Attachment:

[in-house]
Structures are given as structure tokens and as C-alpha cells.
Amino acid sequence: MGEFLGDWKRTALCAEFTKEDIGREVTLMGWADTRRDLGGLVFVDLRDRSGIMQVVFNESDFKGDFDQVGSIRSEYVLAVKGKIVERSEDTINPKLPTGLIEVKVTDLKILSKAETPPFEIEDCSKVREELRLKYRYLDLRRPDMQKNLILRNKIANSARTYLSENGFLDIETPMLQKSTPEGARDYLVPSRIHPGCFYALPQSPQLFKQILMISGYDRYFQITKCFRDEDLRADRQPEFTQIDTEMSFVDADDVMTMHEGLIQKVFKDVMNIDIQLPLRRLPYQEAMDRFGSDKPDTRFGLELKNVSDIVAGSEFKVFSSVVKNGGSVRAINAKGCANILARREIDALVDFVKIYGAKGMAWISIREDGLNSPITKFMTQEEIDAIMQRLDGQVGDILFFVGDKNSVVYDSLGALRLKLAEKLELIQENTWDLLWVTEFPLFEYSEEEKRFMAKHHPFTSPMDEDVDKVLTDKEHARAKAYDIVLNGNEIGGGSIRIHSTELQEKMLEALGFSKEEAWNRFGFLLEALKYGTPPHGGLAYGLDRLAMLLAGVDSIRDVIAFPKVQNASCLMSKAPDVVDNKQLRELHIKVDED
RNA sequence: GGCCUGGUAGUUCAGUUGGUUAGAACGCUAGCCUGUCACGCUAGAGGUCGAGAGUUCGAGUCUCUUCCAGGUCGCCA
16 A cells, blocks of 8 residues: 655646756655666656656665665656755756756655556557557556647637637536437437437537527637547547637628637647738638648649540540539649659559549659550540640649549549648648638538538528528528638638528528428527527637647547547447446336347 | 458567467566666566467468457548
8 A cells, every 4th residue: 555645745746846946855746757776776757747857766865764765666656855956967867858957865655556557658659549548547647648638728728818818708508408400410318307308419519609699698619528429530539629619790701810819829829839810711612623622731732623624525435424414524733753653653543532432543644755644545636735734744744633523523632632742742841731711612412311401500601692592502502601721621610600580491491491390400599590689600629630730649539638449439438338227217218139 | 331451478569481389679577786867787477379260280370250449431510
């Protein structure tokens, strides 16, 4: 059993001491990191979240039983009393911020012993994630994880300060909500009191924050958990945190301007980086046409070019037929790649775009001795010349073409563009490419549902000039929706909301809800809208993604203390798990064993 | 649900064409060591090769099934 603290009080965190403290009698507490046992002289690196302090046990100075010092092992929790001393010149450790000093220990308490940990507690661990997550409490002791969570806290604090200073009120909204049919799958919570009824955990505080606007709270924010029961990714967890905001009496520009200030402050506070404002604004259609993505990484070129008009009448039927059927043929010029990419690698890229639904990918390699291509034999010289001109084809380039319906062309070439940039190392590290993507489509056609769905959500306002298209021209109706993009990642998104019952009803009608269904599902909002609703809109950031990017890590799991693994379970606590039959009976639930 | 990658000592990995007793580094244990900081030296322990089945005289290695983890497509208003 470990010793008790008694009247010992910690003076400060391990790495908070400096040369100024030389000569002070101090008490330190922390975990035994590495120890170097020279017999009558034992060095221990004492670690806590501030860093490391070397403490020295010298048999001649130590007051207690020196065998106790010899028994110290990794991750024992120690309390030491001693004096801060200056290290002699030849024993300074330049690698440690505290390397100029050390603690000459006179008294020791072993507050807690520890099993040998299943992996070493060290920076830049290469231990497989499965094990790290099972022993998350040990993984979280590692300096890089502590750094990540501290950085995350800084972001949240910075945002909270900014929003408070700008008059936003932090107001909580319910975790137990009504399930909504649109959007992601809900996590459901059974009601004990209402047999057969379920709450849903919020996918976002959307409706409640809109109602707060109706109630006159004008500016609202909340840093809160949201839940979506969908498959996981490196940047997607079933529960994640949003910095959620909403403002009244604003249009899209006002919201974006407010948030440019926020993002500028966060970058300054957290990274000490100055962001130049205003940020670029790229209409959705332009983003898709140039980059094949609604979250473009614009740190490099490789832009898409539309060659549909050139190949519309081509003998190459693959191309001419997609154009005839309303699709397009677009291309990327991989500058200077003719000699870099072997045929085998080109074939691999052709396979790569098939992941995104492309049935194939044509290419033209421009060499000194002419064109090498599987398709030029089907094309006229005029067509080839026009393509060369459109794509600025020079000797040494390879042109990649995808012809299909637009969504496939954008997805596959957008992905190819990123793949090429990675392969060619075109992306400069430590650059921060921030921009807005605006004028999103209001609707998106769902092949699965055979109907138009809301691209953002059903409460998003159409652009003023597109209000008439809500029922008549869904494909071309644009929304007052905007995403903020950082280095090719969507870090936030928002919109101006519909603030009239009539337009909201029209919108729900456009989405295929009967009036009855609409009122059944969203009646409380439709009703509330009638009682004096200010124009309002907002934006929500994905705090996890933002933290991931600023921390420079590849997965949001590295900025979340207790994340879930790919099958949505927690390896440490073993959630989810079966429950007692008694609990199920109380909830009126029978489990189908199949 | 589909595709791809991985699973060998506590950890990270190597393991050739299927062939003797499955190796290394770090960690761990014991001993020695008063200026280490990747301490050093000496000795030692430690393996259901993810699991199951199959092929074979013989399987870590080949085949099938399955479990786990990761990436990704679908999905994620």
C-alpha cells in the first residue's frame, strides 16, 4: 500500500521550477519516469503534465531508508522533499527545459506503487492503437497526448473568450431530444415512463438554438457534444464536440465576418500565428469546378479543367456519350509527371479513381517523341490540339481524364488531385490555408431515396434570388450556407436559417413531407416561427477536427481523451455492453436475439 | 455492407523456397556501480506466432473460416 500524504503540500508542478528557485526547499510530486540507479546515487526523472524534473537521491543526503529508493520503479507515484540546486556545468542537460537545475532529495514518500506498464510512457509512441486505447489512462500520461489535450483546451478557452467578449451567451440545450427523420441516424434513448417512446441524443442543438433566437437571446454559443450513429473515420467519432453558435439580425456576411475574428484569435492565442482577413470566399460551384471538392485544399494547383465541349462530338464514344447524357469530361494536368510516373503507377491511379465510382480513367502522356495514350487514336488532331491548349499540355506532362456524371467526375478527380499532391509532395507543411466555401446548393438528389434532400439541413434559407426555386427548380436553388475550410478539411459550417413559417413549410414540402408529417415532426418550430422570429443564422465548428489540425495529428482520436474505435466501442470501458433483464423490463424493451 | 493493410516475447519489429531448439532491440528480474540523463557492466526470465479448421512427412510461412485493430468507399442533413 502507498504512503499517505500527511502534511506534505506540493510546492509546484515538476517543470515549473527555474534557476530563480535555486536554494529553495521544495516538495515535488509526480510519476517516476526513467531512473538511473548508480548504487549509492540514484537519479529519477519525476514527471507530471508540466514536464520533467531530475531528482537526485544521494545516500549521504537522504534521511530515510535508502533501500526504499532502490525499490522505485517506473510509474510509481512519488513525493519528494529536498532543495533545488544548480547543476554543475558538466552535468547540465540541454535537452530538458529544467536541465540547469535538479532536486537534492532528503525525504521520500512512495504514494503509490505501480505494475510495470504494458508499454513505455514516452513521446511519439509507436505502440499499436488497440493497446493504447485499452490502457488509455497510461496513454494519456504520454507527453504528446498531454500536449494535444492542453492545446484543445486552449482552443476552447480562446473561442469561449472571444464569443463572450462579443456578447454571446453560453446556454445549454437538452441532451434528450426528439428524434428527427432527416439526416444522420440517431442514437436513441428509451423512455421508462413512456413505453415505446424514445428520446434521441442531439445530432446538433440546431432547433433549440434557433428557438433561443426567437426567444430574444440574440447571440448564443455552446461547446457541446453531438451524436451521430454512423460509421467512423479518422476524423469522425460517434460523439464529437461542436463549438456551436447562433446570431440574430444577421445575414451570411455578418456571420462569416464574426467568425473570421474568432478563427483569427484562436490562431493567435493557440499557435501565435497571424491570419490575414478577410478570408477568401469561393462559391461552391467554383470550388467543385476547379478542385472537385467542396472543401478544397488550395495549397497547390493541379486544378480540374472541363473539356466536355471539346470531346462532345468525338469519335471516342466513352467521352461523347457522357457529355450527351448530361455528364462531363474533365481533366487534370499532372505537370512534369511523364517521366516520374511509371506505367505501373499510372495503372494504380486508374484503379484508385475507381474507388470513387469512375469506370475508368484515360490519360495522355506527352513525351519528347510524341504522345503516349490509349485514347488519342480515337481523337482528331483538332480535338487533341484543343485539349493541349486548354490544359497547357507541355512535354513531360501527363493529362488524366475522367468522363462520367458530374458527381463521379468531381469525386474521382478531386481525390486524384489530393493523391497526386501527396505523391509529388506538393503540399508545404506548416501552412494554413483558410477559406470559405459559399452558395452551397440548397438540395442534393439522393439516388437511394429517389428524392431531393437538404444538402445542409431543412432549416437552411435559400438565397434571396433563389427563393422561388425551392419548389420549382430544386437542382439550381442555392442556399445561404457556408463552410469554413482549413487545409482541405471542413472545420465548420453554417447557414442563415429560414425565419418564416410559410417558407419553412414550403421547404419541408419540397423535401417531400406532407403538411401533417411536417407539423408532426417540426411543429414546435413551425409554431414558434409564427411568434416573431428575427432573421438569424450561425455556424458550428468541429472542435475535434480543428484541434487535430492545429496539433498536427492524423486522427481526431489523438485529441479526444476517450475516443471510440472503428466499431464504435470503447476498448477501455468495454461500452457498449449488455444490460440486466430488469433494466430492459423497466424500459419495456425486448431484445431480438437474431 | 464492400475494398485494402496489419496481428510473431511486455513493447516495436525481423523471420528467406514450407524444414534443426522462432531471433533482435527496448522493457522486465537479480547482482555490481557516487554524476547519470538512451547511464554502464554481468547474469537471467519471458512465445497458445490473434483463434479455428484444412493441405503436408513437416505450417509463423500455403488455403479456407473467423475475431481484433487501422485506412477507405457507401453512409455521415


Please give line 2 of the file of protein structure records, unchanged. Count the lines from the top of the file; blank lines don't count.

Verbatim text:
Structures are given as structure tokens and as C-alpha cells.